- Realized over $400 million in restructuring related savings in the fourth quarter, primarily from renegotiated aircraft leases, reductions to management and support staff positions, freezing the pension plans for all workgroups, and sun-setting the retiree medical program for active employees
“Throughout 2012, we have executed on all aspects of our business plan – streamlining our organizational structure, increasing unit revenues, reducing unit costs, and restructuring our balance sheet,” said Bella Goren, AMR’s Chief Financial Officer. “The strong financial foundation we are building gives us the ability to deliver returns to our financial stakeholders and make investments that create enhanced value for our customers and our people.”
For the fourth quarter of 2012, the company reported consolidated revenue of $5.9 billion, 0.3 percent lower compared to the prior year. The combined effects of Hurricane Sandy, the November snow storm in the Northeast, and the booking headwind from the earlier operational disruption, negatively impacted revenue by an estimated $155 million in the fourth quarter.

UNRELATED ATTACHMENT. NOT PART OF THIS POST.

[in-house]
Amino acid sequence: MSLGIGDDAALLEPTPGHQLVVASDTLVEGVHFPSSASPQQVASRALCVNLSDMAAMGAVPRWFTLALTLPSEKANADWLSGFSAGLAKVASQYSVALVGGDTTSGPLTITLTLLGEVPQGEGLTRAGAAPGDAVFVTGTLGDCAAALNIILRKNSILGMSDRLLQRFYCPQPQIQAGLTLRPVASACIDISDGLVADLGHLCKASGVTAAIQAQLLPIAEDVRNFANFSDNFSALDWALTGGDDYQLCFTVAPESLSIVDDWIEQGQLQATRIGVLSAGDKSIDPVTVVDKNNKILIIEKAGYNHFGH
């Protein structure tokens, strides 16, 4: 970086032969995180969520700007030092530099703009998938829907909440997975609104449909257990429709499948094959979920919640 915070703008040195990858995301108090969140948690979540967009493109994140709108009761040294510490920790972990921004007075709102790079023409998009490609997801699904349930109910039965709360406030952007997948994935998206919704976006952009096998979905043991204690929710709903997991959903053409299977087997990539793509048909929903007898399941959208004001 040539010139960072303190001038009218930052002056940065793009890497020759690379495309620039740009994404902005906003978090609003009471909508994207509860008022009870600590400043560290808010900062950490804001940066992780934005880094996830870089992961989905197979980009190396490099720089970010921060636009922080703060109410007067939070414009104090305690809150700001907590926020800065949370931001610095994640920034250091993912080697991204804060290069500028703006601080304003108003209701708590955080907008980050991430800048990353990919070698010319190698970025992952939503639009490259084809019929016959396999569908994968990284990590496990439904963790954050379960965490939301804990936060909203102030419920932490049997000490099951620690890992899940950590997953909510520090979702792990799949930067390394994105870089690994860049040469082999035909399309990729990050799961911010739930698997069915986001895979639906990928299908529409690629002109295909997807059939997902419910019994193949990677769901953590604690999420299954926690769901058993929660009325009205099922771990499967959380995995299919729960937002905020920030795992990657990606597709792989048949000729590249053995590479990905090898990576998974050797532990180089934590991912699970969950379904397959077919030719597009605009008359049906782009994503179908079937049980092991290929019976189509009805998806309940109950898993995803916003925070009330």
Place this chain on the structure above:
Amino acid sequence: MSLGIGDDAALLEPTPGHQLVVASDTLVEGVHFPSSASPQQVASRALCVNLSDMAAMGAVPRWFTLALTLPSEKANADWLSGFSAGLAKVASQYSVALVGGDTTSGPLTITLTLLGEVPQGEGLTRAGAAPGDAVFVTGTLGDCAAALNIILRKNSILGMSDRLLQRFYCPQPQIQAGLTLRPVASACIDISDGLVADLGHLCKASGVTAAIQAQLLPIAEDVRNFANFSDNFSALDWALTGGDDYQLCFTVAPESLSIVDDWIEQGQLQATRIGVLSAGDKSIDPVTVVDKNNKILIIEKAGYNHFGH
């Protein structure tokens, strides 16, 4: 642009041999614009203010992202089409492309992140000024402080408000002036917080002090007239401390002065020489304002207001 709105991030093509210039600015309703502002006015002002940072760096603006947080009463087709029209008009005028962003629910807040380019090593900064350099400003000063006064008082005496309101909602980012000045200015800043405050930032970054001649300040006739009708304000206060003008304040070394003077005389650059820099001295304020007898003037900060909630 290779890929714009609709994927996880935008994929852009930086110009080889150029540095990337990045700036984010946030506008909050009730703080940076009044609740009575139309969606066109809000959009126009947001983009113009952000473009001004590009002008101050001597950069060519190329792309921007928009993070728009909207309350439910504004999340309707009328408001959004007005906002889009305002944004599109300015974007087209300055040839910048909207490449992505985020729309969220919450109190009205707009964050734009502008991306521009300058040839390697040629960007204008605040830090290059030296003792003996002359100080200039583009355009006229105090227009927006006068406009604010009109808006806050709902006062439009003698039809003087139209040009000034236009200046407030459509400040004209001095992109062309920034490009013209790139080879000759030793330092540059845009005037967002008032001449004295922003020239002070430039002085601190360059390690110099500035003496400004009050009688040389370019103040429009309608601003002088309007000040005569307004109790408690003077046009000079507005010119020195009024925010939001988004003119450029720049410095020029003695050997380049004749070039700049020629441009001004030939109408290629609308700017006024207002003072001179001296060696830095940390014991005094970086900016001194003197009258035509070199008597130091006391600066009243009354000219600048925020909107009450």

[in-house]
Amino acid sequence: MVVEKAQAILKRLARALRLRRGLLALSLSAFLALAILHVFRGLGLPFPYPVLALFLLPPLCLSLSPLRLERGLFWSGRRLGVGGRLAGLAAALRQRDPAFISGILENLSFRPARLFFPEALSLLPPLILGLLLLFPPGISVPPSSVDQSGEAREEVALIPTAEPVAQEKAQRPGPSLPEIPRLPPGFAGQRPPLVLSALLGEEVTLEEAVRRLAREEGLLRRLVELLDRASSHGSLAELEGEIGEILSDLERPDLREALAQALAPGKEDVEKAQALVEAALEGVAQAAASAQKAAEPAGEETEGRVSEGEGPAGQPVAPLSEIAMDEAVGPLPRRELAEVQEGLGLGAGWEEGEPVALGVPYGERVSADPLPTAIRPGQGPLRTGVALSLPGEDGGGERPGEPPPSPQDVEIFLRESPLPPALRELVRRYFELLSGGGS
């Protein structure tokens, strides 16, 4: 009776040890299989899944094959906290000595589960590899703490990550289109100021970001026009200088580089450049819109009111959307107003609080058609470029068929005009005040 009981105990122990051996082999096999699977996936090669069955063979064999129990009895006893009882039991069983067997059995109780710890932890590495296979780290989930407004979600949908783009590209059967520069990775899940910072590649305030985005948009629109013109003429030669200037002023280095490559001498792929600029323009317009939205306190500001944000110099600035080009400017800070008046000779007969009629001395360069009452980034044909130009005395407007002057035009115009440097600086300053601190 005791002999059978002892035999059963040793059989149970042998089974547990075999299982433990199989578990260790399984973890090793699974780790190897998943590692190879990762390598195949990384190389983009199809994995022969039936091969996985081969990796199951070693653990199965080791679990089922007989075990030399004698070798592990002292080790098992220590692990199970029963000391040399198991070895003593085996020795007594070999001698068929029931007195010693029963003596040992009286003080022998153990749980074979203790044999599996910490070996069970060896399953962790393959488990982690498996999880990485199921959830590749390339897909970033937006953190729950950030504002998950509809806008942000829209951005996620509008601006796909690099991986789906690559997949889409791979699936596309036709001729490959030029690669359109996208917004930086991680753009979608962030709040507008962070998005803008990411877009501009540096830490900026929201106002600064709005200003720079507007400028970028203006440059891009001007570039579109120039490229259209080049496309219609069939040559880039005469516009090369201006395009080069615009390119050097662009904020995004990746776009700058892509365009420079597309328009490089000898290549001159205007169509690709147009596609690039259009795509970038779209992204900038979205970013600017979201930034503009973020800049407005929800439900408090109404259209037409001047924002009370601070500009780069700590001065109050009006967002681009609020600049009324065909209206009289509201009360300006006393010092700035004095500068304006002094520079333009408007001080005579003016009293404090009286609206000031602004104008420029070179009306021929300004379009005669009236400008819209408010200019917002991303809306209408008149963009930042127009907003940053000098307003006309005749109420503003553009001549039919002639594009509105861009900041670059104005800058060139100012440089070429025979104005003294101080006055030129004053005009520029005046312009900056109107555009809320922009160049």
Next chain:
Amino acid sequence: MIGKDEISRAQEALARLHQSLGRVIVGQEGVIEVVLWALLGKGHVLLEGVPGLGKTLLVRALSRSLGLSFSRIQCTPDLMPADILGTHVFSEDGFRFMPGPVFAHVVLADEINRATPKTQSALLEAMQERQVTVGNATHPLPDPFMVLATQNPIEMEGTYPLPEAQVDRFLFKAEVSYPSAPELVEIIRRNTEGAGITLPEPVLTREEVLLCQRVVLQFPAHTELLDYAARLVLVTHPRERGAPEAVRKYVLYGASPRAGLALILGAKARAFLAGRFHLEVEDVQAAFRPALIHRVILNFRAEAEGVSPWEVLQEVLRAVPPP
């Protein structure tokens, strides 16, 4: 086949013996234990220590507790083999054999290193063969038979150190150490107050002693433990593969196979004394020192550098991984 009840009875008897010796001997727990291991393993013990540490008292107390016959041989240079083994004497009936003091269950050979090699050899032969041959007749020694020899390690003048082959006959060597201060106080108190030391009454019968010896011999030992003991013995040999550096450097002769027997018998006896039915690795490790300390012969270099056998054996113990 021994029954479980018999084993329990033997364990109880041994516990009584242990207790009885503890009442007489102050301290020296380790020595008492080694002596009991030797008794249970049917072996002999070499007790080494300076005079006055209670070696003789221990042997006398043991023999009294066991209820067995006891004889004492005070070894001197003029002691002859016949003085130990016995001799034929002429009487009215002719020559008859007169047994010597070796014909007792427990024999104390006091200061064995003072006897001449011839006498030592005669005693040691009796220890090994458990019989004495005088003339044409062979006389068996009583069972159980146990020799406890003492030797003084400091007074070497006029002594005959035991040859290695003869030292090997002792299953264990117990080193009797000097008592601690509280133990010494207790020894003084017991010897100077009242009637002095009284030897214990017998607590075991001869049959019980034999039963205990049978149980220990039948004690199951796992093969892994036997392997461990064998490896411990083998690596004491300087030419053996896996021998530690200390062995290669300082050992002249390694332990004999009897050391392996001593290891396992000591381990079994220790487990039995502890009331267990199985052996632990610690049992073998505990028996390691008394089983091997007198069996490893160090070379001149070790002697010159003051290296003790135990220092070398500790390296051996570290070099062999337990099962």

Fourth quarter consolidated passenger revenue per available seat mile (PRASM) was comparable to the same period last year, and mainline PRASM decreased by 0.4 percent. Absent the same factors that impacted revenues – described above – American estimates that PRASM would have been approximately 2.0 percentage points higher than the fourth quarter of 2011.
For full-year 2012, AMR reported record consolidated revenue of $24.9 billion, up 3.7 percent compared to 2011, on 1.0 percent less capacity. For 2012, AMR’s consolidated and mainline PRASM rose 5.8 percent and 5.6 percent year-over-year, respectively. Consolidated revenue performance was driven by a 4.6 percent year-over-year improvement in yield, or average fares paid, and record high consolidated and mainline load factors, or percentage of seats filled, of 82.2 percent and 82.8 percent, respectively. Domestic PRASM improved 5.5 percent in full-year 2012 versus full-year 2011, with PRASM increases across all five of American’s hubs.